For those who have yet to tackle the 400 pages of regulatory material, Mike Barrett of the lang cat assesses the key areas of interest
Deciding on what to read whilst you were on your summer break can be a big decision. If you had a nice long flight, and some even nicer time on the beach to look forward to, the quality of reading material is a vital factor to consider. Do you go for something trashy and low-brow, allowing you to switch off your brain completely, or perhaps a decent non-fiction, where you might learn something as a result? And if you are really lucky you’ll be able to learn something that you’ll actually remember now as you trudge back to work in a post-holiday slumber.
Fortunately, if you are remotely interested or involved in platforms and asset management, the FCA have got your back. Not literally – even those on the supervision team don’t have stalking powers – however it is clear they are big fans of ensuring the industry has loads of reading material just in time for their summer hols. Last year we were treated to the Asset Management Market Study final report (a real hoot, unless you work for an asset manager), and this year the spin-off follow up was published towards the end of July, The Investment Platform Market Study interim report. With over 100 pages forthe report itself, supplemented by a further 260 pages of supporting research there was plenty for the industry to ponder. Just in case you did decide to go for the trashy novel instead of some work-based reading, here are the key things advisers need to be aware of.
The first thing to remember is that this is a competition market study. The FCA are one of the few financial regulators in the world with a core objective to promote competition within the markets they supervise, the belief being that effective competition benefits consumers and the wider economy. This means the tone and pace of the work is a bit more gentle than you might expect – this isn’t a supervisory exercise going after obvious consumer detriment. In fact, the supporting consumer research shows that most clients are happy with the outcome they are receiving, from both advised and D2C platforms. Overall there is nothing for advisers to panic about. There are no imminent rule changes, or indeed a consultation for any potential rule changes. If you are working with platforms you don’t need to make significant changes as a result of this paper, but there are a few emerging themes you should be aware of.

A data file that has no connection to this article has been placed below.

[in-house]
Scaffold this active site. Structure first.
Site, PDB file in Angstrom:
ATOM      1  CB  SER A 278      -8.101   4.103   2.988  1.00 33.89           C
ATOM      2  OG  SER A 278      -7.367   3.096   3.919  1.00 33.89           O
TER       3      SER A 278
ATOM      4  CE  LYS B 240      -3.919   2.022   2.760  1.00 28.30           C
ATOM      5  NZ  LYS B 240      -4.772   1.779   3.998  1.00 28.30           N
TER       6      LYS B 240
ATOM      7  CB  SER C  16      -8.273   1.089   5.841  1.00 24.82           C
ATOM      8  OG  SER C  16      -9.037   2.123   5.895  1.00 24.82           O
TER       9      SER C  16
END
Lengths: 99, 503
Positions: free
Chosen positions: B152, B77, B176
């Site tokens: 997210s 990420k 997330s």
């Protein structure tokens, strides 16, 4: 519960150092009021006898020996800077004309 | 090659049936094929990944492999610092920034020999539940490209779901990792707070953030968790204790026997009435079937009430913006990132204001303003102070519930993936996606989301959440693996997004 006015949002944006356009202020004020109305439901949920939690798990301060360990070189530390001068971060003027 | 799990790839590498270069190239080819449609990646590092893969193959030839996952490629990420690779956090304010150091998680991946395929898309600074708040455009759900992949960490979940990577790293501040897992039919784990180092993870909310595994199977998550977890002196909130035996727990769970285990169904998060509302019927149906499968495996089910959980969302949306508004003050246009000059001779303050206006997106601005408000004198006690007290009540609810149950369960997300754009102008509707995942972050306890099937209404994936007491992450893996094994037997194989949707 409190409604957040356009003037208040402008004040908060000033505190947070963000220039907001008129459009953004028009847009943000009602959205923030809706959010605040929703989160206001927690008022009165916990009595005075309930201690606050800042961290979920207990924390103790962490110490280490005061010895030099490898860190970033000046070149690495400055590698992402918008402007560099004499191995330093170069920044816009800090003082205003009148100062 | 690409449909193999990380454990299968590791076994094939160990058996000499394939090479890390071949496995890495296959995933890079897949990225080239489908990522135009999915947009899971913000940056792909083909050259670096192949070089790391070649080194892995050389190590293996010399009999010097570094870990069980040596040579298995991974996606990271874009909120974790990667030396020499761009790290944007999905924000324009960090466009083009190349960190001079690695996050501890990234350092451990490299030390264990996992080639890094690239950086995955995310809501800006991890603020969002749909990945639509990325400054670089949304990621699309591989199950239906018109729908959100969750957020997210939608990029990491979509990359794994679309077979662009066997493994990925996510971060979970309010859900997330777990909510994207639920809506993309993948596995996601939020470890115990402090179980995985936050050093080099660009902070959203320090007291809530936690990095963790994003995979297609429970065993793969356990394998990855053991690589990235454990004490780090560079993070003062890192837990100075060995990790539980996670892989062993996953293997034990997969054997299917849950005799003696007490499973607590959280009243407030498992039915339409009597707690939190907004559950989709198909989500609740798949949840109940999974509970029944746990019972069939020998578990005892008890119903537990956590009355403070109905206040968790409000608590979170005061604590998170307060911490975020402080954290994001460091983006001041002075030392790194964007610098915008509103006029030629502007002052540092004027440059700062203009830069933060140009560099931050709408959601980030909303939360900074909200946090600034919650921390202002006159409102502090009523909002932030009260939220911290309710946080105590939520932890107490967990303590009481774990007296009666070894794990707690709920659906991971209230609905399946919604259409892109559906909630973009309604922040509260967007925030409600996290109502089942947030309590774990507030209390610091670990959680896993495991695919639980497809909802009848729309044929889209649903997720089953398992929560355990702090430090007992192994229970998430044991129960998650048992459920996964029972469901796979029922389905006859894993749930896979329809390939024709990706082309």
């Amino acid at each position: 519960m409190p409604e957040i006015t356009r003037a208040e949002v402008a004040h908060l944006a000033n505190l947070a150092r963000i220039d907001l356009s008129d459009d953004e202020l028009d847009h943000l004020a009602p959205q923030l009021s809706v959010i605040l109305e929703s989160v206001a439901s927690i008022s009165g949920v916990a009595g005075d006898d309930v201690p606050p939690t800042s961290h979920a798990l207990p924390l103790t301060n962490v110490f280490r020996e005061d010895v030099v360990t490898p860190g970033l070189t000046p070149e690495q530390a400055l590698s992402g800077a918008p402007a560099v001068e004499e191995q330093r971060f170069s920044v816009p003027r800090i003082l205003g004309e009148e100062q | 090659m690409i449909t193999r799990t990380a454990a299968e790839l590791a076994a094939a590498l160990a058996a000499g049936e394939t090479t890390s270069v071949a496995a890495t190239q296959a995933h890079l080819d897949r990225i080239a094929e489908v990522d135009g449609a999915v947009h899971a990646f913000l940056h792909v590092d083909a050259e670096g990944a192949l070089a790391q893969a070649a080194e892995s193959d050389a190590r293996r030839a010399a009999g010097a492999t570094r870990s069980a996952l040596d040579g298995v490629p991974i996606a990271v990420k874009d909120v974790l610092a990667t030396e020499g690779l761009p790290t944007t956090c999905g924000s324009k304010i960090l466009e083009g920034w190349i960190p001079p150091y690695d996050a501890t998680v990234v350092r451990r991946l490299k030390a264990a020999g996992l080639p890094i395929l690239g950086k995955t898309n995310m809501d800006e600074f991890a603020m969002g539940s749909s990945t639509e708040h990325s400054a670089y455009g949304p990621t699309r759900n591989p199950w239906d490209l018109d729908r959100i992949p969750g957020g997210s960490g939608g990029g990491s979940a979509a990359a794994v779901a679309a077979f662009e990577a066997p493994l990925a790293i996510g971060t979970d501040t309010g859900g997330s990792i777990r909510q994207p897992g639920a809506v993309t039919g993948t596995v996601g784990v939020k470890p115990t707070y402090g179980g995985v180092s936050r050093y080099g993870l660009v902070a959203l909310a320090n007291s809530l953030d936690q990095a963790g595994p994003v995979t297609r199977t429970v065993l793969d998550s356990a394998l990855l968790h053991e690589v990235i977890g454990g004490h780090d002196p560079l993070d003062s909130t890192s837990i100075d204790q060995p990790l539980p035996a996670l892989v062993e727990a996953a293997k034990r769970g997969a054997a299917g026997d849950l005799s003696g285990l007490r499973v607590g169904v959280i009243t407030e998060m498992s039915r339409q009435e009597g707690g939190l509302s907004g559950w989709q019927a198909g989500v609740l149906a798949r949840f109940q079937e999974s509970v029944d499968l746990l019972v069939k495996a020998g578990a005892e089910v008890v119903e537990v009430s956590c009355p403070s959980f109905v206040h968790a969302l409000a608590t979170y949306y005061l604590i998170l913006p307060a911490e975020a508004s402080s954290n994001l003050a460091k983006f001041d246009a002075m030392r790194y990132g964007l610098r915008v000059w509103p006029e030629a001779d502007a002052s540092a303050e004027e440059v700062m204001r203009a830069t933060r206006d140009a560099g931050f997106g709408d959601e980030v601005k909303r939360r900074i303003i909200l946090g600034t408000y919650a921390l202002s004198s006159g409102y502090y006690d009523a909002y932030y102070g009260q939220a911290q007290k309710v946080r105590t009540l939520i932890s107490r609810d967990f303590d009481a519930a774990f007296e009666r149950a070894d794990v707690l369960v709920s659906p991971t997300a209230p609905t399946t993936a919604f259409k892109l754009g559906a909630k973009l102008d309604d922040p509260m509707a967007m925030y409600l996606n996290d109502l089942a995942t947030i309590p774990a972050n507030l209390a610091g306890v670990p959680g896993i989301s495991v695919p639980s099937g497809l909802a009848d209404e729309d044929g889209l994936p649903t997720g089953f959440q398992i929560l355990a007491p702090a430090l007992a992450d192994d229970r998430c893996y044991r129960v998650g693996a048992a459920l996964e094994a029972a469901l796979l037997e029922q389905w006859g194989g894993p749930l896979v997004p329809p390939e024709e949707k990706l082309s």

As well as these emerging themes, the report does highlight some “potential areas of non-compliance with existing rules”. These centre around non-monetary benefits, with adviser training, white-labelling services & bulk rebalancing services cited as potential problem areas. Adviser firms need to demonstrate that these benefits are acceptable minor non-monetary benefits, for example because they an enhance the quality of the service to the client and will not impair the firm’s compliance with its duty to act in the client’s best interests. Since these are current rules (updated at the start of the year as a result of MiFID II) advisers should look to ensure that they are compliant asap.
Beyond that, the report identifies five groups of consumers for whom the FCA are concerned that competition is not working effectively. These are: